As we move further down into Portugal, one can appreciate that the Southern pre-Roman tribes seemed to have a better defined area of occupation- the reasons for this? I am yet to discover them. Perhaps it is due to their proximity with the Mediterranean colonists and traders which allowed a better recording of their culture. So right at the Atlantic verge of Portugal, in the region known as Algarve, we have the Conii or Cynetes (light blue). Their culture was acknowledged by the Romans due to their alliance during the Roman conquest of Iberia, and indeed they are mentioned by Polibius, Avienus and Herodotus. Their ethnic origins are still unknown, although everything seems to point to an Indo-European pre-Celtic past, and they seem to have occupied this area as far back at the 8th century B.C. Their main city was Conistorgis, which was destroyed by the Lusitanians during the time of the conquest due to their ties with the invaders. Above the Conii, the Celtici (pink) amassed a vast area of influence. Located in what today is the Alentejo region, the Celtici were another conglomerate of  Celtic people. They included minor tribes with key communities and settlements in Lacobriga, Caepiana, Braetolaeum, Mirobriga, Arcobriga, Meribriga, Cataleucus, Turres, Albae and Arandis.


And finally we have the middle of Portugal occupied mainly by the Lusitanians- represented by the black polygon in the map. But before we move on to the main Portuguese tribe, lets give a quick mention to the Tapoli. The Tapoli (purple) were also a Celtic tribe who were akin to the Lusitanians, therefore their close share of geographical space. They were smaller in numbers, and settled mainly on the north of the Tagus river, around the frontier between Spain and Portugal. Nevertheless, it seems that this ethnic group was wiped out by the Romans during the occupation of the Peninsula. Now I have spent the last thousand words or so mentioning the Lusitanians here and there, so I think it is time for an explanation. They were the most prominent Celtic tribe settled in Portugal. Their area of influence spread across the area of Castelo Bronco (in the map they are represented by the big black polygon). From the Roman authors we understand that their power didn’t reach the Atlantic shore, and this has been backed up by the archaeological record. It is likely that they established themselves in this area around the 6th Century BC, however their ethnic background is still disputed. Even though as far as we are concerned they belong in the Celtic group, there are scholars who believe they may actually be pre-Celtic as some recent findings in the Iberian Peninsula point to this- some writing examples which suggest an older Indo-European tradition.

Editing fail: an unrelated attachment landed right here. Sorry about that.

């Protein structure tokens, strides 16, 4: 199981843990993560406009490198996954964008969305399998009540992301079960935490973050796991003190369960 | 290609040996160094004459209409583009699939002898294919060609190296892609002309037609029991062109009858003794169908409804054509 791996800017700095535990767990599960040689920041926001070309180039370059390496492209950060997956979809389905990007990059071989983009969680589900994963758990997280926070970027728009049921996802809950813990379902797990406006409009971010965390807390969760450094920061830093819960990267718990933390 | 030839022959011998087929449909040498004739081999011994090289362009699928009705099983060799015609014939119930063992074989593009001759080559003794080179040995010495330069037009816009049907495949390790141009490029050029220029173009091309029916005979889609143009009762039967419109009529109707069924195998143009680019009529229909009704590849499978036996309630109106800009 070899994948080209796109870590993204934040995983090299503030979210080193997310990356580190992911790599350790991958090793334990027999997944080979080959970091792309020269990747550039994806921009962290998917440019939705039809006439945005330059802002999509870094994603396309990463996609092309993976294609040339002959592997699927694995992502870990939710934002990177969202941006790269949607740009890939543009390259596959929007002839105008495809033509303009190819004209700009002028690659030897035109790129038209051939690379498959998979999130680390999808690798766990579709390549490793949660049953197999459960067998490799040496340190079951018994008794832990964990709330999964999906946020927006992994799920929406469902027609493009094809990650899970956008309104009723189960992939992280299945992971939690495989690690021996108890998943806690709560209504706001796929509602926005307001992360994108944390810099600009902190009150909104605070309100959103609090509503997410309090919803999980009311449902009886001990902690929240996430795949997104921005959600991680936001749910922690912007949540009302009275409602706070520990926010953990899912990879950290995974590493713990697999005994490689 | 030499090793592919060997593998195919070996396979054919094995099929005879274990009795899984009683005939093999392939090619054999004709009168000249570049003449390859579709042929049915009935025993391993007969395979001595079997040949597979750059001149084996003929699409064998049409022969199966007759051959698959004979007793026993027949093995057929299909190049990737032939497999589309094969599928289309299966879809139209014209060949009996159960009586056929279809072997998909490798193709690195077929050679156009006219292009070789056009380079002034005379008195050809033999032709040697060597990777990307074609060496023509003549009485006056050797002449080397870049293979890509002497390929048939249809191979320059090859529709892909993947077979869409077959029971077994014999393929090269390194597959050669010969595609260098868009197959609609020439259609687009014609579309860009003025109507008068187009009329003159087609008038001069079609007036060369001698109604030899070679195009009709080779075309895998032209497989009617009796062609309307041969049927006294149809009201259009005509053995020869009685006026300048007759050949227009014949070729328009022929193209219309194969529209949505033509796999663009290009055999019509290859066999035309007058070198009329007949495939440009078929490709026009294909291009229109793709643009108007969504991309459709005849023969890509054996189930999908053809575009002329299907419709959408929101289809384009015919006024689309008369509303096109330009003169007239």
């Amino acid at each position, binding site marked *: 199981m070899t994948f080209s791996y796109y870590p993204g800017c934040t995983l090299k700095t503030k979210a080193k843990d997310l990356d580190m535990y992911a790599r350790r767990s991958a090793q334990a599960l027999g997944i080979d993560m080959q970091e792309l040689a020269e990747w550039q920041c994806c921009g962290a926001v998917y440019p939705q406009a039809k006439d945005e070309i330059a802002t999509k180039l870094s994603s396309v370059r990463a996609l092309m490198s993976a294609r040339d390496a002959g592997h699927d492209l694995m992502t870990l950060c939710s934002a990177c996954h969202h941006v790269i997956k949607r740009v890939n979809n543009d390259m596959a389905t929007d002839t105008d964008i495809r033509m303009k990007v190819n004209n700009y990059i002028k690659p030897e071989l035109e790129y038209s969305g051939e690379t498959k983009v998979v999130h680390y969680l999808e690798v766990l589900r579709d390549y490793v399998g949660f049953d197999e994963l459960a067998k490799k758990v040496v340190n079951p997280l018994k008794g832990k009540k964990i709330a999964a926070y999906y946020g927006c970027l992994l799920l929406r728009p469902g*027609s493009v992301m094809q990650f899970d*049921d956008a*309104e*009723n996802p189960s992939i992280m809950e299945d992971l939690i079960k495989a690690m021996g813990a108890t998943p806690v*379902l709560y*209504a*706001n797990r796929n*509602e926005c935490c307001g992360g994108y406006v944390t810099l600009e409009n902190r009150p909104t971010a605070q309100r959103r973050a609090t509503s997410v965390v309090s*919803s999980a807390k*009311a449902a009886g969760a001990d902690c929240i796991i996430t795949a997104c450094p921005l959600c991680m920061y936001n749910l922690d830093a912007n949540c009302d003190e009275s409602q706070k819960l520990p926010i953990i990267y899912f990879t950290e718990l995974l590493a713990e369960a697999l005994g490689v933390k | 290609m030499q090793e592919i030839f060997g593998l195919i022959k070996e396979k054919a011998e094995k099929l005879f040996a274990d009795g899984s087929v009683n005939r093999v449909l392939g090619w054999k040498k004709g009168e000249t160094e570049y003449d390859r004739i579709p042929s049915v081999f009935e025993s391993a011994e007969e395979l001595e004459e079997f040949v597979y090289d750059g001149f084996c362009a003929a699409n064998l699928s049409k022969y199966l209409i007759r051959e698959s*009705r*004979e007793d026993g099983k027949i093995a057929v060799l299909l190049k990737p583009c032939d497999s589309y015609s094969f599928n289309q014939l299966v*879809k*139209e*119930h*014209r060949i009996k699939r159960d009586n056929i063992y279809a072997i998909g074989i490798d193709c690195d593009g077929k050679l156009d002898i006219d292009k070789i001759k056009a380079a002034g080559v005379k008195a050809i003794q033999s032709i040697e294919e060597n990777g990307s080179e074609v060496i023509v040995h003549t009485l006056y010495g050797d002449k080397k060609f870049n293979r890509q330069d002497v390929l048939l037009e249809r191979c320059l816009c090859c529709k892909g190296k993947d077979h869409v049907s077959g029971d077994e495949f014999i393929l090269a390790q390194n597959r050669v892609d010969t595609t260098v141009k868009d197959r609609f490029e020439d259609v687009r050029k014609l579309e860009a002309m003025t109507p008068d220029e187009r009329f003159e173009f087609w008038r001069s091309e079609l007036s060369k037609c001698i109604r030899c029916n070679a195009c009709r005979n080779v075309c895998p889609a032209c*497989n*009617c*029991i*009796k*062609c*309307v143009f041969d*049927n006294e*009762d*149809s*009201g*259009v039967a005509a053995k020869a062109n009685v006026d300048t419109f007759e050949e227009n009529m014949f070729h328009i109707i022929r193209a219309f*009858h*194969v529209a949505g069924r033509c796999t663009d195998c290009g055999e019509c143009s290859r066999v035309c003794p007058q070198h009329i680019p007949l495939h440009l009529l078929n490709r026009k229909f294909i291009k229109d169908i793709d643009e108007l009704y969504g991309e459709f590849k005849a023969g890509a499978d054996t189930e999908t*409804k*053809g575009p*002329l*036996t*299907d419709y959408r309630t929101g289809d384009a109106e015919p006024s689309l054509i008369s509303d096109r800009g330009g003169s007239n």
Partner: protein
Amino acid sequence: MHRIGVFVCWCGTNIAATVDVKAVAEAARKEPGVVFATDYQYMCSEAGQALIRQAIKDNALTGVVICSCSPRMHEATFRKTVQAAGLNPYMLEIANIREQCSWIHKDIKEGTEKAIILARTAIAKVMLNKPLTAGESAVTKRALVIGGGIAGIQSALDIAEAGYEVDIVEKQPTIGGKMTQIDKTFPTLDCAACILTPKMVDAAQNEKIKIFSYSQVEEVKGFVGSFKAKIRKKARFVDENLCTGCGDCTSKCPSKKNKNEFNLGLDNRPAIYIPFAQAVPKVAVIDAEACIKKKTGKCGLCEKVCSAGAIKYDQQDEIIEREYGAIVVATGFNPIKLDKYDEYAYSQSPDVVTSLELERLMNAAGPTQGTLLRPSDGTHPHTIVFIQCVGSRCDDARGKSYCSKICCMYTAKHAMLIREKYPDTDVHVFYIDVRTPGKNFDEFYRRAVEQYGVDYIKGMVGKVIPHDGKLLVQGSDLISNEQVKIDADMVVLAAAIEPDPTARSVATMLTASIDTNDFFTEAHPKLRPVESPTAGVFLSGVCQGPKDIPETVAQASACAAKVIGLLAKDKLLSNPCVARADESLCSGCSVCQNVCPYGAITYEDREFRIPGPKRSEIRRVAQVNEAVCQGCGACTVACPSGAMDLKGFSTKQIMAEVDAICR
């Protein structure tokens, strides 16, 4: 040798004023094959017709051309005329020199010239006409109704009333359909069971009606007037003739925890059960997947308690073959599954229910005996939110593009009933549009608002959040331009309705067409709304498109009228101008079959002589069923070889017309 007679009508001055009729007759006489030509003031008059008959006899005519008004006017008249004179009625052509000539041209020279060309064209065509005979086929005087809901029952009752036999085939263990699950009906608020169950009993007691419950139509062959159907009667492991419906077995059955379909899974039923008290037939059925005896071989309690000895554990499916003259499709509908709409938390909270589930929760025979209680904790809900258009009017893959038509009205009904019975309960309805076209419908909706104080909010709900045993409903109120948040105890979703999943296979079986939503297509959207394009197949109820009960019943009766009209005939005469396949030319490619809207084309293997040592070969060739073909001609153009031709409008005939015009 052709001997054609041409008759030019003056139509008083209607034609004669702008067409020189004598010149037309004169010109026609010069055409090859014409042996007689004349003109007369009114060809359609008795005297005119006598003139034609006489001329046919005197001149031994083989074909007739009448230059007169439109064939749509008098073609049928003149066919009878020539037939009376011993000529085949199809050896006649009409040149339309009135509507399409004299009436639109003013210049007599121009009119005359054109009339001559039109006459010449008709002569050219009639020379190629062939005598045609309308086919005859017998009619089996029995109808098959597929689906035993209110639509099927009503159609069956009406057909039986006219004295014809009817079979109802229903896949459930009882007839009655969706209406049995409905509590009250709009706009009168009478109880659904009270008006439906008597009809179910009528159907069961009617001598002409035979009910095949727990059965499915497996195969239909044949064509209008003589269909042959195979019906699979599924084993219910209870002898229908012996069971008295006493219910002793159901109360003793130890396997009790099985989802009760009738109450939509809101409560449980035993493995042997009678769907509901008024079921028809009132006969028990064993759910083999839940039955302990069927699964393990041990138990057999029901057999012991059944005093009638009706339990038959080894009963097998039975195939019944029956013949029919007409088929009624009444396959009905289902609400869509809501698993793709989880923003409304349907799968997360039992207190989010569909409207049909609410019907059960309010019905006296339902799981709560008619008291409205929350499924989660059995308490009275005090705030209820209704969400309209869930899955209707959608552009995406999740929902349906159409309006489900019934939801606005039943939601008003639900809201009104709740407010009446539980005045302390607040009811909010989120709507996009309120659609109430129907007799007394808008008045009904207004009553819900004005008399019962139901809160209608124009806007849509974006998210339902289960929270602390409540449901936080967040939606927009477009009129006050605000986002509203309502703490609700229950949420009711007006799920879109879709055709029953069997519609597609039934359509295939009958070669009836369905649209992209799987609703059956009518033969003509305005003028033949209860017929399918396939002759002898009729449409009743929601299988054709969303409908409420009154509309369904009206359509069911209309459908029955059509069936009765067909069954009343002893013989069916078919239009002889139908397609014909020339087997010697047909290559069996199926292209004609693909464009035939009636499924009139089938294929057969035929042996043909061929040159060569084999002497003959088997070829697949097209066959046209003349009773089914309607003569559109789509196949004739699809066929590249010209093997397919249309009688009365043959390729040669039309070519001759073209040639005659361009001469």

There are abundant material about the culture of this people. We know that their main deity was Ares, usually called Ares Lusitani to differentiate him from the classical God of War. The Lusitanian Ares was the god of horses, a very popular deity amongst the Celts. There was also a strong worship of Ataecina, especially in the south. She was the goddess of fertility, rebirth, nature and medicine as well as the moon. Moreover, the Lusitanians also worshiped Nabia, like many of the other tribes, and Endovelicus, god of public health and safety. It seems that his cult prevailed well after the Roman conquest of Iberia, up to the 5th Century, when Christianity started acquiring weight and importance in the territory. Some other sociocultural aspects of this people were the use of wool clothes and items such as bracelets and necklaces similar to those of the rest of Iberian/Celtic tribes. Furthermore, scholars support the idea that the Lusitanians were monogamous, lived in squared stone houses, and were boat builders. These boats appear to have been made with lumber or even leather. In addition, the classical authors described them as being well versed at guerrilla warfare. An example of this is what the Roman troops had to face when invading Portugal and confronting Viriato, one of the most famous Lusitanian leaders. One of their weapons of predilection was the falcata, always popular amongst the Celts. Nevertheless, the power of Rome was not something to be taken lightly. War between the Lusitanians and many of the other ancient Portuguese people against the Romans began around 193BC, from there on the Romanisation process became a relentless and persistent changing force in the culture and identity of the Iberian Peninsula, and so many of these old ancestors perished while others struggled to survive in a world similar, yet different from what they used to know.


3 thoughts on “Pre-Roman Portuguese Tribes

  1. Diego

    Very interesting! It is curious the fact of the poor historical knowledge we Spanish have, about our dear neightbour Portugal…


    1. Lillian C.G

      Well, certainly. I dont ever remember learning about Portugal in school except when it was about Spain conquering it or sorting some sort of marriage, which I think is sad considering we are just separated by an imaginary line…


  2. Pingback: W.U Hstry 2015 Awards! | W.U Hstry